2. says

    How big are the larger bottles you used? I love how these look! Also do you remember what the proportions for the small bottle were? I’m hoping these will help distract my toddler when tantrums threaten :)

    • says

      I don’t remember exactly on the big bottles, but they were Sparkling ICE bottles (the product photo I found on Google says 17 FL OZ). Just a heads up, they are heavy. I’ve had to take my kids’ bottles away more than once because they think shaking them up while throwing them across the room is a good idea… boys, ugh! =)

      I have no idea what the proportions were in the small bottle, sorry. I haven’t made one like that since and, at the time, I was just kind of winging it. Start with about a tsp of glue and half the bottle of water. I use hot water so the glue mixes well, but be careful because you can melt your bottles if the water is too hot. Also, glitter glue is thicker and takes longer to fall through than the clear school glue. Put the cap on and see if your fall rate is about right. My little guy has a super short attention span when sitting still is involved so I made it fall pretty fast. If it’s too fast, add more glue. Too slow, add more water. Keep in mind too that the glitter will fall a little slower when the bottle cools down.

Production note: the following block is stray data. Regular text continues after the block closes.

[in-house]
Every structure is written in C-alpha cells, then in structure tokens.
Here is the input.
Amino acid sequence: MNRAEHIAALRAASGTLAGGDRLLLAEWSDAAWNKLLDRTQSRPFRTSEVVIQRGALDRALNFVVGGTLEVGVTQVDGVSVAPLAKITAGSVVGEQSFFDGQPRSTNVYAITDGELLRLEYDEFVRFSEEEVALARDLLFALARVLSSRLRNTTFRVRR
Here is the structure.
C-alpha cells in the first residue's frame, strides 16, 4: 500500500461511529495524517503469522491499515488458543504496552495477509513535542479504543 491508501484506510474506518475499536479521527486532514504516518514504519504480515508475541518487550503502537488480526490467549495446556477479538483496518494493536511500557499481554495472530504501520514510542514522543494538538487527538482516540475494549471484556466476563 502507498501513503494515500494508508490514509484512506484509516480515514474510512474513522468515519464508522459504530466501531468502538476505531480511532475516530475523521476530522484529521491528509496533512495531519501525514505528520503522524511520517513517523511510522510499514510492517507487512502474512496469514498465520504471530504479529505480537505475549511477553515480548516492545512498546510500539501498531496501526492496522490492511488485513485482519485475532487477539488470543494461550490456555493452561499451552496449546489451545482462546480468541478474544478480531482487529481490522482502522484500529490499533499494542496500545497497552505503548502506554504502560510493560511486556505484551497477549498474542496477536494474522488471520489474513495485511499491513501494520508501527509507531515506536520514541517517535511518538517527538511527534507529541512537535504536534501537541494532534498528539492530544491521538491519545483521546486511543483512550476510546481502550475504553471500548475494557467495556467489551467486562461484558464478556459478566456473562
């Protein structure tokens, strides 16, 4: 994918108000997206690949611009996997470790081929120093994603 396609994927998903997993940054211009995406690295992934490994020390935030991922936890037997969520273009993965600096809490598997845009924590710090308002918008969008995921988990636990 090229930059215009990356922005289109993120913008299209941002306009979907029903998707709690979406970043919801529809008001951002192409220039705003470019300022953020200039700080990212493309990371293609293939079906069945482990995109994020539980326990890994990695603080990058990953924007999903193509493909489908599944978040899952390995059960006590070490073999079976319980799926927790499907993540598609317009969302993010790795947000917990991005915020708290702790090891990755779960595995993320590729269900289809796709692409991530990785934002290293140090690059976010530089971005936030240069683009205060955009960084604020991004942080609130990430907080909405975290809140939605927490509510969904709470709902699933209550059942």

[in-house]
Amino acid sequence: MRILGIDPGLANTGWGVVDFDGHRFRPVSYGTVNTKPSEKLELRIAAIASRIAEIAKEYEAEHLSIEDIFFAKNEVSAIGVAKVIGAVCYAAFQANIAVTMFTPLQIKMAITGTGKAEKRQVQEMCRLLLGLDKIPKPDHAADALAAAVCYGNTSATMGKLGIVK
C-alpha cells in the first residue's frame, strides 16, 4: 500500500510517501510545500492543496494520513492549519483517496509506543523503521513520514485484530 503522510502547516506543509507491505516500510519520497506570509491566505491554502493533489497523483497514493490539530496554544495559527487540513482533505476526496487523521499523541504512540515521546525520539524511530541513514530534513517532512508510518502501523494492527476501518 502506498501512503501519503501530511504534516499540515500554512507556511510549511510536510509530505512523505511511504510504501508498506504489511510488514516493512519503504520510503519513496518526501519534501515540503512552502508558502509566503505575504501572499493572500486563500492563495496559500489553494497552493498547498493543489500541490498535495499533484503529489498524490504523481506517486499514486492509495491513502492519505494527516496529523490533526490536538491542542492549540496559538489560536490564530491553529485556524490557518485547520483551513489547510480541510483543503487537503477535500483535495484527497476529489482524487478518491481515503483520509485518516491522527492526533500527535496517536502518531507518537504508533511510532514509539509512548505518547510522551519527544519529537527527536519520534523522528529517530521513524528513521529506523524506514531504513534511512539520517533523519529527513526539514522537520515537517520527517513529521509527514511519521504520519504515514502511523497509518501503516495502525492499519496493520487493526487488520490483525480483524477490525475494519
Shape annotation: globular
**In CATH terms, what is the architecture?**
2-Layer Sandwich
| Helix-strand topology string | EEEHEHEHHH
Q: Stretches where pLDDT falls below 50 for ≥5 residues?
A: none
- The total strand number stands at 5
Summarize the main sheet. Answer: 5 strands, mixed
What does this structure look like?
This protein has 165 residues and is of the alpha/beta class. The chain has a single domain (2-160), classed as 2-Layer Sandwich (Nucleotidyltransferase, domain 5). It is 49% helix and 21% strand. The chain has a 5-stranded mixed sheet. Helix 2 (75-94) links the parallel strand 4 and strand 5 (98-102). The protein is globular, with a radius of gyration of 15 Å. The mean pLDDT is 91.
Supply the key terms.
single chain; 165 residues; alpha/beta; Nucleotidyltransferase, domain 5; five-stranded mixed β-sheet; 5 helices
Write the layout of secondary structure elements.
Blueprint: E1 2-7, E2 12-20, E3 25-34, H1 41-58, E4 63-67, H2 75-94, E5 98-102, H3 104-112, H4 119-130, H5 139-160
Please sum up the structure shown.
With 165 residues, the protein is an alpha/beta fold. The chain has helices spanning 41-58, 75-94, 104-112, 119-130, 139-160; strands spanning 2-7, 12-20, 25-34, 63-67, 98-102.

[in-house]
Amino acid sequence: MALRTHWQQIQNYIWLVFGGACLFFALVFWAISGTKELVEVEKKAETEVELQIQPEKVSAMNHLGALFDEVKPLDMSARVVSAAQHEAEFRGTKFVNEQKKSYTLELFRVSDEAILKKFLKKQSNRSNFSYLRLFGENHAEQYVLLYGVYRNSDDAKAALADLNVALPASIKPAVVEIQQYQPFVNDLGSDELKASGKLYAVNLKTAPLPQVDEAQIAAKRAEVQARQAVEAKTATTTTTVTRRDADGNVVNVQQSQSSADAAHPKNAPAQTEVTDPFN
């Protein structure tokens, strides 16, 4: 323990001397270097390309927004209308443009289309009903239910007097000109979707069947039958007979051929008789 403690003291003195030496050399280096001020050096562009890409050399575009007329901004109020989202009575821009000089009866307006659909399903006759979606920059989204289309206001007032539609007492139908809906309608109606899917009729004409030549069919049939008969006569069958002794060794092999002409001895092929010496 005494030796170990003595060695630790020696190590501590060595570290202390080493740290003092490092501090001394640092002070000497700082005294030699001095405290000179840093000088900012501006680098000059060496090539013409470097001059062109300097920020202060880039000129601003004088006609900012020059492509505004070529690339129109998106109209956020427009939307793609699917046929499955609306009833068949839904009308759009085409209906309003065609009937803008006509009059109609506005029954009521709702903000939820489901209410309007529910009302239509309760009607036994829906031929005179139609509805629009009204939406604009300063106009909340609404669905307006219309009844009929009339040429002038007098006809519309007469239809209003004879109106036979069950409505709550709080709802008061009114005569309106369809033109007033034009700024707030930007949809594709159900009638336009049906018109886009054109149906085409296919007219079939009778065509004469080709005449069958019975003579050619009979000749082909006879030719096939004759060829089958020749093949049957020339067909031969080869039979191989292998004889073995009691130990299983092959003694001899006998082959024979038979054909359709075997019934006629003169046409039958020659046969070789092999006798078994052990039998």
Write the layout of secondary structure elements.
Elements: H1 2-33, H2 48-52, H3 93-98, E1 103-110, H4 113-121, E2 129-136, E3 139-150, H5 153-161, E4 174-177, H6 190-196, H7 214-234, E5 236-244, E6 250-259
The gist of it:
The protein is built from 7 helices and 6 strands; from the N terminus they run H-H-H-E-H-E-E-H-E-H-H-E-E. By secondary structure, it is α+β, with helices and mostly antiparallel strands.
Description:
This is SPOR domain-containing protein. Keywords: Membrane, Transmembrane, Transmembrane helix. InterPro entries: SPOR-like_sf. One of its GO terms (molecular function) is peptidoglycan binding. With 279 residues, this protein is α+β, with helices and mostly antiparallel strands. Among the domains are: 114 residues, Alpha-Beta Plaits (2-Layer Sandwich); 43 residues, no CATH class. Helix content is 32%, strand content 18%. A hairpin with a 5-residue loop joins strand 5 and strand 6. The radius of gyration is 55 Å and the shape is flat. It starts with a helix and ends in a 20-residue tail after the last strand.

3. Ally says

    What kind of super glue did you use? I’m pretty pumped to do this for my littles. Wondered if super light tiny toys would work in here to do a “search and find”! Thanks for the idea!

    • Krista says

      I’ve found it kind of depends on the type of bottle. Regular old super glue seems to work well with water bottles, but you have to make sure the lid and mouth of the bottle are good and dry or it won’t seal very well.

      I’ve seen bottles with Lego figurines in them before. I haven’t tried it though… supposedly, they float to the top while the glitter sinks. I’ve thought about trying shaped buttons or beads before, but never have. I’d love to know how they turn out if you do make a search and find! Thanks for stopping and taking time to comment!

  4. Karen Costello says

    I am so excited to make this for my special needs toddler. I have tried everything and hope this helps. Thanks

    • says

      The bubbles will settle. I always squeeze them out, otherwise there will be a lot of empty space at the top of the bottle when it’s settled and you’ll create foam and more bubbles every time you shake it. I fill my bottles to the neck of the bottle with water. A little space makes they glitter mix easier, but the bubbles are hidden by the bottle cap. Good luck!